Thursday, November 21, 2019

Death Comes for the Archbishop by Willa Cather

Source of book: I own this. 

I remember reading the opening chapter of O Pioneers back in high school, and telling myself that I should read more Willa Cather. It wasn’t until a number of years later, after I moved out and started collecting books in earnest, that I got copies of both O Pioneers and My Antonia, both of which I enjoyed. (You can read my thoughts on O Pioneers on this blog - I read My Antonia years before I started blogging.) 

More recently, I scored a whole bunch of (barely) used Library of America hardbacks, including three volumes which I believe contain the complete Cather. Yes, I am excited. 

Having loved what I had read of hers, I was determined to take advantage of my new additions, and read some Cather regularly. My friend Darren from law school (we spent way too much time at our school conferences discussing and reading books) named Death Comes for the Archbishop as his favorite. My wife read it a few years ago, and seconded the recommendation, which was all I needed to know. 

I was not disappointed. Death Comes for the Archbishop is a delightful book, with Cather’s classic gentle, nuanced, and empathetic portrayal of ordinary people. Unlike the others of her books I have read, this one starts with its characters as adults (rather than children, as in the ones above), and ends with their deaths at a ripe old age. It also is more of a series of episodes than a story with the traditional arc. The characters live their lives, and interesting vignettes and happenings are remembered. They grow and mature, but never have any one turning point or epiphany. For the most part, they are decent people, with good motives, who try to do their best, accomplish some good, and pass on to their reward. 

This sounds on paper like a kind of...boring sort of story. Except it isn’t. 

The story is based on the lives of two priests from France who worked in the New Mexico territory in the mid-1800s. Although the book mostly follows the history, there are some timeline changes, and a bit of artistic license. Certainly, the details are fictional, but the broad outline of the tale and the general esteem in which the two were held is accurate. 

 The real-life inspiration for Latour was instrumental in building the gorgeous cathedral in Santa Fe.

The book opens with a conference of cardinals in Italy, where a missionary to the New World advocates for the appointment of Bishop Jean Marie Latour to the new territory. Along with Latour comes his vicar, Joseph Vaillant. As we eventually learn through flashbacks, the two were boyhood friends who attended seminary together. This friendship is one of the loveliest things in the book. They genuinely esteem and value each other, and use their complementary strengths to make a great team. 

Once the two reach New Mexico (after a series of mishaps), they work together to minister to their flock for decades, before (and even after) their retirement. They are the kind of clergy that seems hard to find these days: ministers who listen, who respect others (including Protestants and non-Christian Native Americans), and who eschew wealth in favor of service. I know they still exist, and always have - they are just hard to find right now, even in smaller churches, which often end up as little fiefdoms.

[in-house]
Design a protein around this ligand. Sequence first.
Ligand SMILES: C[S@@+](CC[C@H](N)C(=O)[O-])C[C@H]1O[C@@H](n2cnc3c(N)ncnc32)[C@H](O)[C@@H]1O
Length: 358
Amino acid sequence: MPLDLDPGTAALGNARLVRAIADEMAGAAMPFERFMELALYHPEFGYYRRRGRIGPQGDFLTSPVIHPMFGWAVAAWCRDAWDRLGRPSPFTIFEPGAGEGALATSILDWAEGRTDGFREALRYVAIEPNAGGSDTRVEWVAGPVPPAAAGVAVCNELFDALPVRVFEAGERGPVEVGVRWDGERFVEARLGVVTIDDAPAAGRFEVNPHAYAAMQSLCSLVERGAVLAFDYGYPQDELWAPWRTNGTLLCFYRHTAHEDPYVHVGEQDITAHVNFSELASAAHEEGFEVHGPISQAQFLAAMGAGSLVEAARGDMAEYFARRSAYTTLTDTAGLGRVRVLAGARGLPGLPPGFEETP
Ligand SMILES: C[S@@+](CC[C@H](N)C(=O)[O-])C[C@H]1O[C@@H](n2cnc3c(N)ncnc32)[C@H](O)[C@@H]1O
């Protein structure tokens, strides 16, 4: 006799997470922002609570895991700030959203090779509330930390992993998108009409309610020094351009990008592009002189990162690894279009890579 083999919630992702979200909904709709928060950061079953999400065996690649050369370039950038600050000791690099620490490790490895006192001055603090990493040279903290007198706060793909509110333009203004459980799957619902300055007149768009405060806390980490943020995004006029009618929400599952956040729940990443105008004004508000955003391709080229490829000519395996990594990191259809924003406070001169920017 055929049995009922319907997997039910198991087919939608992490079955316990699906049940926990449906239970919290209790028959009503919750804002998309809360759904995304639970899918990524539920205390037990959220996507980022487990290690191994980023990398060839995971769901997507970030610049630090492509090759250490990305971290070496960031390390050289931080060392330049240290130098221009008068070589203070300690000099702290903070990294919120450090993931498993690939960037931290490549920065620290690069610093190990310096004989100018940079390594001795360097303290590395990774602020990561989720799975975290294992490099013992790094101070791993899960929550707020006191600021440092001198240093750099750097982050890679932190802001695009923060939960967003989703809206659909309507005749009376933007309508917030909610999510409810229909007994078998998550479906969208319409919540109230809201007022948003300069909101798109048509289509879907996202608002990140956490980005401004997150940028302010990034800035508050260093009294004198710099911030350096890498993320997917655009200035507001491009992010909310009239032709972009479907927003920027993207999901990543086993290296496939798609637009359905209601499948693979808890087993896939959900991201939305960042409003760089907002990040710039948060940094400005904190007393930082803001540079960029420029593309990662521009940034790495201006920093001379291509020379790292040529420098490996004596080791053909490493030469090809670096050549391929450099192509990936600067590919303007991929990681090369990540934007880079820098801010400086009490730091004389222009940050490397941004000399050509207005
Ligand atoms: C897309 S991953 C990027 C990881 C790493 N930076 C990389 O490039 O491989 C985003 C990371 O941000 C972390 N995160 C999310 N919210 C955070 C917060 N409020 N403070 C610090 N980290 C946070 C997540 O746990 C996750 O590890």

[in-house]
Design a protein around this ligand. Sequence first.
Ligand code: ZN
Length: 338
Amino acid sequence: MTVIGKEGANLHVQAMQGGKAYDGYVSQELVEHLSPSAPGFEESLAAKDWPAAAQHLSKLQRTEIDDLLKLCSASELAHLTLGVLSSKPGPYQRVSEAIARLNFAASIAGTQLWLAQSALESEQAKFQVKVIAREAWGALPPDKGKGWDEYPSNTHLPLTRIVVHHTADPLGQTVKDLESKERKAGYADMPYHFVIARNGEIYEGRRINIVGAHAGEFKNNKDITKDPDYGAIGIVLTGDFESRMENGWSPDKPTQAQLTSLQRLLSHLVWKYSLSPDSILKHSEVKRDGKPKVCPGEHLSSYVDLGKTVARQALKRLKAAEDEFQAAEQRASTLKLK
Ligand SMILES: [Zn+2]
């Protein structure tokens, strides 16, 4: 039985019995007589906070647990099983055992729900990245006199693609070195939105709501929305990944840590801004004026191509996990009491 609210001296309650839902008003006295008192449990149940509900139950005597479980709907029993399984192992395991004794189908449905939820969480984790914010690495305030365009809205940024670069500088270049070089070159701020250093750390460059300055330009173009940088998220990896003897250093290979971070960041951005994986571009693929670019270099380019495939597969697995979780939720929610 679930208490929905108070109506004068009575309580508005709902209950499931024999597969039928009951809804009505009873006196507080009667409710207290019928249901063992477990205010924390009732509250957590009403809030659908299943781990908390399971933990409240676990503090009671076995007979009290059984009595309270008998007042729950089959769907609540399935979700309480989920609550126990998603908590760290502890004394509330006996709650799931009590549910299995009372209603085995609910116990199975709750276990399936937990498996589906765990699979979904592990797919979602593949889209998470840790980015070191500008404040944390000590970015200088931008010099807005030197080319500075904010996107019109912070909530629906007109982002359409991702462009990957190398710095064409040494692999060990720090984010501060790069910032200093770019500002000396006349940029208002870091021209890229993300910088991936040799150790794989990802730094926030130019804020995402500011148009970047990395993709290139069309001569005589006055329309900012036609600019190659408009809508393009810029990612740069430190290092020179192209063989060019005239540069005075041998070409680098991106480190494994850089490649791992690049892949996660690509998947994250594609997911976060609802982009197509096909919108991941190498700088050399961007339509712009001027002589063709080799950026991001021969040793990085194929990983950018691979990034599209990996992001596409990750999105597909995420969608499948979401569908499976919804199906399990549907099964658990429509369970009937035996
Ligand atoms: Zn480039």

This isn’t to say that the portrayal of priests is all rosy. There are several that are pretty nefarious in their own ways. The ones who build up vast estates, often through underhanded means. There is the one who openly fathers children by many women. There are the ones who antagonized the Native Americans and got themselves killed. It’s a nuanced portrayal. 

Likewise, it is sometimes difficult to believe this book is nearly 100 years old, because it lacks the overt prejudice against non-whites. Rather, it is refreshing to see all sorts - Native Americans, Mexicans, Americans, wealthy, impoverished, enslaved, and women - all portrayed as fully human, equally worthy of respect and assistance as needed, and not defined by their beliefs or ancestry. Father Latour in particular shows great respect for others - although he has little patience for grifting priests or abusive men. 

Perhaps, though, the best part of the book for me was the descriptions of the American Southwest. I live in California, but I am literally next door (as far as states go) to Arizona, and not too far from New Mexico, where most of the story takes place. I have traveled to many of the places in the book, and the landscape is familiar to me. Cather not only shows that she visited these places, but that she loved them. Her depictions show a keen eye for detail - particularly color - and an appreciation of the stark beauty and extremes of the desert. Here are a few of my favorite descriptive passages:

He must have travelled through thirty miles of these conical red hills, winding his way in the narrow cracks between them, and he had begun to think that he would never see anything else. They were so exactly like one another that he seemed to be wandering in some geometric nightmare; flattened cones, they were, more the shape of Mexican ovens than haycocks--yes, exactly the shape of Mexican ovens, red as brick-dust, and naked of vegetation except for small juniper trees. And the junipers, too, were the shape of Mexican Ovens. Every conical hill was spotted with smaller cones of juniper, a uniform yellowish green, as the hills were a uniform red. The hills thrust out of the ground so thickly that they seemed to be pushing each other, elbowing each other aside, tipping each other over.